Recent efforts to assess and reform our schools — such
as global education rankings released
in December and the No Child Left Behind law — have focused attention
on four so-called "core" subjects;
reading, writing, math and science.
No effort has been made to address more fundamental questions
regarding what we teach and why.
Although we don't think about it this way, a school's curriculum
is a mind-altering device, a means through which children's minds
are shaped with ideas, skills and beliefs about the world. Because
what we teach the young is so important, we need to be particularly
careful about what we include and equally as careful about what
What we do teach is far more likely to be the offshoot of embedded
traditions and our efforts to boost test scores, as if test scores
were a meaningful proxy for the quality of education our students
receive. They are not.
One of the casualties of our preoccupation with test scores is
the presence — or should I say the absence — of the
arts in our schools. When they do appear they are usually treated
as ornamental rather than substantive aspects of our children's
school experience. The arts are considered nice but not necessary.
Just what do the arts have to offer to our children? Are they
really important? Put most directly, what do the arts have to
teach? Join me on a brief excursion.
First, the arts teach children to exercise that most exquisite
of capacities, the ability to make judgments in the absence of
rules. There is so much in school that emphasizes fealty to rules.
The rules that the arts obey are located in our children's emotional
interior; children come to feel a rightness of fit among the qualities
with which they work. There is no rule book to provide recipes
or algorithms to calculate conclusions. They must exercise judgment
by looking inside themselves.
A second lesson the arts teach children is that problems can
have more than one solution. This too is at odds with the use
in our schools of multiple choice tests in which there are no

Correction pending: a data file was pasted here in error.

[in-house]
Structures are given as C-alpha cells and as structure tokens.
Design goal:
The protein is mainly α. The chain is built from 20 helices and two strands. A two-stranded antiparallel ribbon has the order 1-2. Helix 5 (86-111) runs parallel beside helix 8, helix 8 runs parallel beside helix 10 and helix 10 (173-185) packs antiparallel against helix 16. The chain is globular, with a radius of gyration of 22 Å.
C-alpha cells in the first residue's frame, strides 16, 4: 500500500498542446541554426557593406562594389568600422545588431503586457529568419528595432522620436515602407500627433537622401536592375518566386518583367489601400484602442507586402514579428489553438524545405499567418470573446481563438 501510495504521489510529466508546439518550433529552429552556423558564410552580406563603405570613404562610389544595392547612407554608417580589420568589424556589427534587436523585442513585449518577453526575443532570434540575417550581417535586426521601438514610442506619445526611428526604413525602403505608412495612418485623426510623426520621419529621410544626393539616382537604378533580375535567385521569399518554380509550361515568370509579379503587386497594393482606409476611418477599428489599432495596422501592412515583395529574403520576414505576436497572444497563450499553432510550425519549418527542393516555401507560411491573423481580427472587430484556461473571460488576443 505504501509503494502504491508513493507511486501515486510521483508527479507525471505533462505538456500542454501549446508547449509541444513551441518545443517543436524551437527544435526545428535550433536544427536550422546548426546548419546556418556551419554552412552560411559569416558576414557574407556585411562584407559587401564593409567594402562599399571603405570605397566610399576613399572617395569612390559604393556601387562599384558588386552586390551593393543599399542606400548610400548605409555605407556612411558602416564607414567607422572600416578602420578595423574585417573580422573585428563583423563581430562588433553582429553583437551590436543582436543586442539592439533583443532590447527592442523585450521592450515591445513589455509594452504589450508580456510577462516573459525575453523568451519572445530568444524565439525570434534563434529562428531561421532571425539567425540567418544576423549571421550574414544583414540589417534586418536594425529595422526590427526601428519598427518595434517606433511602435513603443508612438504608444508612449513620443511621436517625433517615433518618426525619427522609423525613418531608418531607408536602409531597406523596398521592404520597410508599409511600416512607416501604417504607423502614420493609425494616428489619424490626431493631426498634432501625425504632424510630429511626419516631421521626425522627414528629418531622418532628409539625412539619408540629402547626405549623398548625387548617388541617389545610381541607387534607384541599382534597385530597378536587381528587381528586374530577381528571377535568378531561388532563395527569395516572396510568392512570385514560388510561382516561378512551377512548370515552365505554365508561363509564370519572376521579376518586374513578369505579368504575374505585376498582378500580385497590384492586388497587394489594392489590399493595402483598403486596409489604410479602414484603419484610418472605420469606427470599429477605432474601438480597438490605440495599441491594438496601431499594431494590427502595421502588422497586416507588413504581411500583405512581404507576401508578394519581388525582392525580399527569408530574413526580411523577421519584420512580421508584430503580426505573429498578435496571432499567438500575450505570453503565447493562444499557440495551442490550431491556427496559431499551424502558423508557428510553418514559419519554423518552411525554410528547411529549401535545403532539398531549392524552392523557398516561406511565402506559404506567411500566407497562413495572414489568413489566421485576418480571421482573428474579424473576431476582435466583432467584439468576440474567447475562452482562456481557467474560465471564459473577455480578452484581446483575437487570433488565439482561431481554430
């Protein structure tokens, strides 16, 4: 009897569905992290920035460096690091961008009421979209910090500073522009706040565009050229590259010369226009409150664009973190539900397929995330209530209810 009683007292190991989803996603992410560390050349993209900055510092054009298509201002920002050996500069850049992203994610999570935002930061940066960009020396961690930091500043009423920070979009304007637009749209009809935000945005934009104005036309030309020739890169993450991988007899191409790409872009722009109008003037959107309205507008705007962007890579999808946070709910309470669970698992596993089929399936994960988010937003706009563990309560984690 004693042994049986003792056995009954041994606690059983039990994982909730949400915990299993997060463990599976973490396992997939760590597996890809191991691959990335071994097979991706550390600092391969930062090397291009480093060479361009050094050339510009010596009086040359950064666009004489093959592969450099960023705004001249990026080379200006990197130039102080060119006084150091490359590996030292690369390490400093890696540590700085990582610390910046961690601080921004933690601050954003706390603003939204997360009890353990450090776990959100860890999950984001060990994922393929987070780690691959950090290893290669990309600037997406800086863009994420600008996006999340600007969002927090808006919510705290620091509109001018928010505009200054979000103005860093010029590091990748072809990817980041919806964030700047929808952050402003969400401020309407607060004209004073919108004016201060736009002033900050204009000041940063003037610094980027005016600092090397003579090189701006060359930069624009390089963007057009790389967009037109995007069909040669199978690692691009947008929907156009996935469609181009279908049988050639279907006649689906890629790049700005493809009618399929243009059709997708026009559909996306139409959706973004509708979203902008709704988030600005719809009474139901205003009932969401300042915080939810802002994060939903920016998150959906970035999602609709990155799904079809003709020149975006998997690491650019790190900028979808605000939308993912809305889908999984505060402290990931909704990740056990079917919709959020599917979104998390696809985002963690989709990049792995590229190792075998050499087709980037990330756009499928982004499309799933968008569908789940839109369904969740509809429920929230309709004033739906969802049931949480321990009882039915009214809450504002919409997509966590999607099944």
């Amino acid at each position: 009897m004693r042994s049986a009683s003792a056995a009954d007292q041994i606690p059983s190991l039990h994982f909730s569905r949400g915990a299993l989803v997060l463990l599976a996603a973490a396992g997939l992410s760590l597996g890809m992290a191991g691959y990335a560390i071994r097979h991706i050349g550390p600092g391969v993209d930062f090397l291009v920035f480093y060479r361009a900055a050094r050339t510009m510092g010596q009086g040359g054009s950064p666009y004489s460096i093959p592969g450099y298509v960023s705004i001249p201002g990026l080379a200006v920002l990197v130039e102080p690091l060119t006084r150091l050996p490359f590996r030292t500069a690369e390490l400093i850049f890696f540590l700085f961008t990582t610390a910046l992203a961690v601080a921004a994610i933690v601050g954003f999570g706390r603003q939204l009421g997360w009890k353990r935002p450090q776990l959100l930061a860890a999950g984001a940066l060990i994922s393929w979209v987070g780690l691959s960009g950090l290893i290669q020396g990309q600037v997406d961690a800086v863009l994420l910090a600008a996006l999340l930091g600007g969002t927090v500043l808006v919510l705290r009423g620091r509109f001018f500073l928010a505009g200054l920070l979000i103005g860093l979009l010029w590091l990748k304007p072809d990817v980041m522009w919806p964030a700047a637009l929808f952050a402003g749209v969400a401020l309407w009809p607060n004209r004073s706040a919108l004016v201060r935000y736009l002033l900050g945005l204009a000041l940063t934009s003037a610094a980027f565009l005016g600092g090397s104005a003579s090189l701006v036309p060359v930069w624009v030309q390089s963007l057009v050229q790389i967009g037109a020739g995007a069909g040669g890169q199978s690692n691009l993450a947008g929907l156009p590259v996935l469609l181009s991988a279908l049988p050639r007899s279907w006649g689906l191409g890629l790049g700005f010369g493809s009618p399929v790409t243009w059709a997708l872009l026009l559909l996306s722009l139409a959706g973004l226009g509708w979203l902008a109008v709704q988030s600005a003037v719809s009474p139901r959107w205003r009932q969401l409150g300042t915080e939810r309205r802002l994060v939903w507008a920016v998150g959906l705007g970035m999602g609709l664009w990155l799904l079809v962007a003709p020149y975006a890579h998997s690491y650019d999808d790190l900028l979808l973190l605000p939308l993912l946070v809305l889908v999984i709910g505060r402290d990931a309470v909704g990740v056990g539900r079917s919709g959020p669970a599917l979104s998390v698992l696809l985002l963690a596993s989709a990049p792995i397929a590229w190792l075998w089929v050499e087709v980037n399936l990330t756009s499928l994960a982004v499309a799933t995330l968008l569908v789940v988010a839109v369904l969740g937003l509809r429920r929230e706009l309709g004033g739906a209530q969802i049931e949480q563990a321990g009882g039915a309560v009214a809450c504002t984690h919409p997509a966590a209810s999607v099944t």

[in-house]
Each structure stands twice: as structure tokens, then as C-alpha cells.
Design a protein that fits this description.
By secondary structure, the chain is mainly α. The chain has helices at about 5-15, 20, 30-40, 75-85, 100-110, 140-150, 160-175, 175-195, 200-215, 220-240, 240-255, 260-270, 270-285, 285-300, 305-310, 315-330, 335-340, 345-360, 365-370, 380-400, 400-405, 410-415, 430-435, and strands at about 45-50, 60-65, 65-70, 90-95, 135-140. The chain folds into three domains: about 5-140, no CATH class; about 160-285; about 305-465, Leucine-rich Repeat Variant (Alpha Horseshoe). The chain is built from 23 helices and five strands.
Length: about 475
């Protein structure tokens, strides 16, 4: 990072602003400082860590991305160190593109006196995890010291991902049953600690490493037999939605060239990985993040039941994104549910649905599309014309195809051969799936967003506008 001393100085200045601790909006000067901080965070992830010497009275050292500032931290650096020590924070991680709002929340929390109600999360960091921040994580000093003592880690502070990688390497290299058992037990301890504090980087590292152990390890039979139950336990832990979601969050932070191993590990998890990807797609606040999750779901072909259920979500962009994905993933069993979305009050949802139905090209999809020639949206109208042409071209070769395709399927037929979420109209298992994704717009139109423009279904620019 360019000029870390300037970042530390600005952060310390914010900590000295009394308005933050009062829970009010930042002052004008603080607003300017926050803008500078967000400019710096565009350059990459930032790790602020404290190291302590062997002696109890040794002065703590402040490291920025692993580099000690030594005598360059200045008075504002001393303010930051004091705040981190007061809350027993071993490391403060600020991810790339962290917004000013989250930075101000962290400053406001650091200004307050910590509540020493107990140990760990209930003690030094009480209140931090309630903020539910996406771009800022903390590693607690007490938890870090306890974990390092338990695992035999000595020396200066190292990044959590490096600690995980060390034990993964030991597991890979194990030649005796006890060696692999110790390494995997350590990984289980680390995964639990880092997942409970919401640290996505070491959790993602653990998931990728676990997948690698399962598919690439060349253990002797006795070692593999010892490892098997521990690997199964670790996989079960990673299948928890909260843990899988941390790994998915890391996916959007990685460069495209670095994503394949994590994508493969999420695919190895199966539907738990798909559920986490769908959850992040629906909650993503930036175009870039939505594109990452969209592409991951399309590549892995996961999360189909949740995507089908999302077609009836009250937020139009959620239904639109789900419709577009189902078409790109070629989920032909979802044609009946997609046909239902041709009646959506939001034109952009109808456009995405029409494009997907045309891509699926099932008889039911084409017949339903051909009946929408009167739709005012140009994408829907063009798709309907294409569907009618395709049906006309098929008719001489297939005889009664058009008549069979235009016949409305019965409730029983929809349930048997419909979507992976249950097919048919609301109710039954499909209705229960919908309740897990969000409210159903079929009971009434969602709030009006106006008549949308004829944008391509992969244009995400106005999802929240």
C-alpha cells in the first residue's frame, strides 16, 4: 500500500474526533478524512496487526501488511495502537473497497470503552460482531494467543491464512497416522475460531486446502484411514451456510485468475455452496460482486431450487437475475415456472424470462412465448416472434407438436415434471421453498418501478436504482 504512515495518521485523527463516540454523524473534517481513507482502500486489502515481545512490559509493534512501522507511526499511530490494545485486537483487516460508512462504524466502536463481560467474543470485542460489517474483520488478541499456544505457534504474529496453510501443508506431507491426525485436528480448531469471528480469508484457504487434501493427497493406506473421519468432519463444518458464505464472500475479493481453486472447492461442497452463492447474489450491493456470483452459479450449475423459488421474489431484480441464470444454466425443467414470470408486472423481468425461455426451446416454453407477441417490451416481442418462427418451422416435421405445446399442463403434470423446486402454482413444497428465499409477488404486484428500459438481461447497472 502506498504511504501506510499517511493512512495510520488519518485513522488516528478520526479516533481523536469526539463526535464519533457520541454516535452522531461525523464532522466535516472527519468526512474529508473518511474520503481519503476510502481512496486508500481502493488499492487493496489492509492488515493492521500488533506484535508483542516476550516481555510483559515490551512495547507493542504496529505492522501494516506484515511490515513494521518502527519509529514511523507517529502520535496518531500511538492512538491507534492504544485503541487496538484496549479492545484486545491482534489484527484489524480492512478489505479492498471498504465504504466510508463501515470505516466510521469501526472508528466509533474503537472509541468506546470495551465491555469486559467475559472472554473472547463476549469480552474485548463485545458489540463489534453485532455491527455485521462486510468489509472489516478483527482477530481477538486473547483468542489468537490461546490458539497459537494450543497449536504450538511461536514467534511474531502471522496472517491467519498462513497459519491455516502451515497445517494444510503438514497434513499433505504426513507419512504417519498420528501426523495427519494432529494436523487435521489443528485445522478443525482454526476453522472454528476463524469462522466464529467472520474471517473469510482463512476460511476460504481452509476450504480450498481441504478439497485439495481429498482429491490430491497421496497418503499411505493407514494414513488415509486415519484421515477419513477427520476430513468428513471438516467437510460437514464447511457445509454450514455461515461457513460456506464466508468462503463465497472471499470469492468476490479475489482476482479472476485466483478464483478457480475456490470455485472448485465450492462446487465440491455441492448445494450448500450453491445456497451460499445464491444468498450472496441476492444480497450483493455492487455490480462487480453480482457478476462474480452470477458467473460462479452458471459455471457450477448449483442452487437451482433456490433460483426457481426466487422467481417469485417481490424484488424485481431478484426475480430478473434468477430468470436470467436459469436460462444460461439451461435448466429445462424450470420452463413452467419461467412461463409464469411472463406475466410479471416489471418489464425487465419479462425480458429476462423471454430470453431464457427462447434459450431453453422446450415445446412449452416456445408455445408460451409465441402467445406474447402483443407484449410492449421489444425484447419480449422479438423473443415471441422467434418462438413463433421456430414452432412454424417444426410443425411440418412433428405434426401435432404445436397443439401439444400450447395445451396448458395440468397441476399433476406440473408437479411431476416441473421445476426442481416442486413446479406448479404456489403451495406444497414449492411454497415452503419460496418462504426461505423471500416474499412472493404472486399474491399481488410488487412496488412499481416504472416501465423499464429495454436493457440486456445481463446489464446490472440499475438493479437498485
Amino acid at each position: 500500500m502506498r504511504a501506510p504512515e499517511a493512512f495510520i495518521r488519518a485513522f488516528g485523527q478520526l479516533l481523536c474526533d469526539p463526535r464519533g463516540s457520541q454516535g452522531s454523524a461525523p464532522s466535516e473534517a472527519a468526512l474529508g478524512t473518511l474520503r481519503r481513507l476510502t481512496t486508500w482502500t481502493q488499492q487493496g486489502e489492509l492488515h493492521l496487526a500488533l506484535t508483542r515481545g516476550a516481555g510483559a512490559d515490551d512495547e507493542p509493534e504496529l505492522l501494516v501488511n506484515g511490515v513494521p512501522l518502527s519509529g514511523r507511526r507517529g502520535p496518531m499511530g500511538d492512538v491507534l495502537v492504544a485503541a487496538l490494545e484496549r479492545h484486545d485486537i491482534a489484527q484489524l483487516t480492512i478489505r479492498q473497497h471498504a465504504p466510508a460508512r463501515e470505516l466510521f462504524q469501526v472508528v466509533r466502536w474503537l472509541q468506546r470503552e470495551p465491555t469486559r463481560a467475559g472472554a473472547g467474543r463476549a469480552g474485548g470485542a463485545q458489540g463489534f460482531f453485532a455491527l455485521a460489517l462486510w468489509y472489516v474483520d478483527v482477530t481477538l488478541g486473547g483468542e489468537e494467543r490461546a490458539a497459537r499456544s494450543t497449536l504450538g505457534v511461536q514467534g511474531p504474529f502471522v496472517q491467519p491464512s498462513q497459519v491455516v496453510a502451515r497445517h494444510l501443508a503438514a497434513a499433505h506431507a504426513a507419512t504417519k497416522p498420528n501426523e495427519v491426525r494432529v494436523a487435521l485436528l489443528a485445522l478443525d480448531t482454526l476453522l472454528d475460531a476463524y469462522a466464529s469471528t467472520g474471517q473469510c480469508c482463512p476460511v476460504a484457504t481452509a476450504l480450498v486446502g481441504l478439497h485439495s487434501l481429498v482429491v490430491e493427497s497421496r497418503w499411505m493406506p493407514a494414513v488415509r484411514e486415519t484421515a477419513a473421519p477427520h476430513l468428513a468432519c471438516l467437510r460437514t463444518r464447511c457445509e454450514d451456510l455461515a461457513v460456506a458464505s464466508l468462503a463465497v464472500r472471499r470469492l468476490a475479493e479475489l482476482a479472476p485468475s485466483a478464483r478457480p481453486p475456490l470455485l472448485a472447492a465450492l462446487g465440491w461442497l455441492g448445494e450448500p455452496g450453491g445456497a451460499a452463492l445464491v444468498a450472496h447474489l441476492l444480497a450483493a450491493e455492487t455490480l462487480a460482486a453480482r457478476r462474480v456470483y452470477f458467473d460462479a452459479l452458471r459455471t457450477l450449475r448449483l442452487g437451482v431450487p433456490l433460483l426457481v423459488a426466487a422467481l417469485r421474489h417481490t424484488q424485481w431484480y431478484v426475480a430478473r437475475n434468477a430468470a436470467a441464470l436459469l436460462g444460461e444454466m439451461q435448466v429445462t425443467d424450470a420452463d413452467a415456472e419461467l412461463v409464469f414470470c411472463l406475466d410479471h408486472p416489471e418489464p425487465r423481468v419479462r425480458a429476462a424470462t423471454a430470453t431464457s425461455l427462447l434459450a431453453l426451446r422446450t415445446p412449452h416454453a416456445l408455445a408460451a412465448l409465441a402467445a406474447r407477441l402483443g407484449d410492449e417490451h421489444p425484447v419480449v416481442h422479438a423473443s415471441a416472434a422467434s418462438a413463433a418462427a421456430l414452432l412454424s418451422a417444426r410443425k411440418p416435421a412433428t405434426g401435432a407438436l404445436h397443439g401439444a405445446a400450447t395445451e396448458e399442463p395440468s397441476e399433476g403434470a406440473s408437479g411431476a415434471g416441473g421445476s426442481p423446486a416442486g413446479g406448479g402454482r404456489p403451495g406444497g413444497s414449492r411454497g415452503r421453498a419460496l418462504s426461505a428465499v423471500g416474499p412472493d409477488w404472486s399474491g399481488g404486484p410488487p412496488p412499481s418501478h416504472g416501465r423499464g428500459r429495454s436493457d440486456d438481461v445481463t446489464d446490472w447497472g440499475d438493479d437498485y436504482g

multiple correct answers. The tacit lesson is that there is, almost
always, a single correct answer. It's seldom that way in life.
A third lesson is that aims can be held flexibly; in the arts
the goal one starts with can be changed midway in the process
as unexpected opportunities arrive. Flexibility yields opportunities
for surprise. "Art loves chance. He who errs willingly is
the artist," Aristotle said. Creative thinking abhors routine.
Routines may be good for the assembly line, where surprise is
the last thing you want. As our schools become increasingly managed
by an industrial ethos that pre-specifies and then measures outcomes,
there is an increased need for the arts as a counterbalance.
The arts also teach that neither words nor numbers define the
limits of our cognition; we know more than we can tell. There
are many experiences and a multitude of occasions in which we
need art forms to say what literal language cannot say. When we
marry and when we bury, we appeal to the arts to express what
numbers and literal language cannot. Reflect on 9/11 and recall
the shrines that were created by those who lost their loved ones — and
those who didn't. The arts can provide forms of communication
that convey to others what is ineffable.
Finally, the arts are about joy. They are about the experience
of being moved, of having one's life enriched, of discovering
our capacity to feel. If that was all they did, they would warrant
a generous place at our table.
These are but a few of the lessons that art teaches. What is
ironic is that the forms of thinking the arts develop and refine
are precisely the forms of thinking that our ever-changing world,
riddled as it is with ambiguities and uncertainties, requires
in order to cope. Can we make some room for the arts? Perhaps.